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18-Oct-2020 By - team

Is a career in accounting right for you?

Accounting was once one of the safest career choices out there. It ensured your employment, a good paycheck and success. However, with the avalanche of accounting students and tech advancements threatening to bring accountant tasks close to anyone, we must ask the inevitable question: Is accounting still a good career choice?

To answer, it is essential to see all the aspects of the situation. Since the accountant’s primary role is to deal with data that helps companies make huge decisions (a task that can’t be easily resolved without human factor), we can in whole certainty claim that we still need this profession and that it is a great career to choose.

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Is accounting a good career?

Accounting was once one of the safest career choices out there. It ensured your employment, a good paycheck and success. However, with the avalanche of accounting students and tech advancements threatening to bring accountant tasks close to anyone, we must ask the inevitable question: Is accounting still a good career choice?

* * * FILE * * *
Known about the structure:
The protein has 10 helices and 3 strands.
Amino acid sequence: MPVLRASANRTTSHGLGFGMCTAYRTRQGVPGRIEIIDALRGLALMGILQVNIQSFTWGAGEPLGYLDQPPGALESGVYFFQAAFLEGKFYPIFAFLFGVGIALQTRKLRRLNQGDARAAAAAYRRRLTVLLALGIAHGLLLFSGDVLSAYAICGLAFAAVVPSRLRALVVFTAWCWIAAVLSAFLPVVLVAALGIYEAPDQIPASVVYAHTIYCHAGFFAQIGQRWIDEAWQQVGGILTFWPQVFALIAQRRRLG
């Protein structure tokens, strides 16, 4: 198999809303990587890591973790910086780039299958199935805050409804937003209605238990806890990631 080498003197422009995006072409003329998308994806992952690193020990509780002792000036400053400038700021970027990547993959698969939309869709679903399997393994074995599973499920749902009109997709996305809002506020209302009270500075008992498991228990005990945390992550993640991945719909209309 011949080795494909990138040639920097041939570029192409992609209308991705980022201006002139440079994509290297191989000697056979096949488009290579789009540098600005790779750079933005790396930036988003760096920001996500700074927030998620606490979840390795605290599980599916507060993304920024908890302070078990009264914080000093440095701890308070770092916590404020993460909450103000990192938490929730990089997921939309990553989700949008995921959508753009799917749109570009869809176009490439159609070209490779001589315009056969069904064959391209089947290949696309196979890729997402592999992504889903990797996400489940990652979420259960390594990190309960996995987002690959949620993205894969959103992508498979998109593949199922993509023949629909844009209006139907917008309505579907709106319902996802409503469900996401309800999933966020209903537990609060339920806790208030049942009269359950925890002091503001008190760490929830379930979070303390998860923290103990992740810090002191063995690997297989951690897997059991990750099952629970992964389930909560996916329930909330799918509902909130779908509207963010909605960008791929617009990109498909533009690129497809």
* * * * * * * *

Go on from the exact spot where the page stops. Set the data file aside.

To answer, it is essential to see all the aspects of the situation. Since the accountant’s primary role is to deal with data that helps companies make huge decisions (a task that can’t be easily resolved without human factor), we can in whole certainty claim that we still need this profession and that it is a great career to choose.

 

Why study accounting?

Here are just a few of the advantages of pursuing this occupation: Accounting is part of every business, non-profit or government organisation. It’s a highly regarded profession, with job security and opportunities for advancement. You can work as an auditor, bookkeeper, tax accountant, financial analyst, controller, accounting manager — you name it.

Almost half of the 2,600 finance and accounting professionals who responded to a Robert Half survey said they pursued this field because they liked the nature of the work and job duties.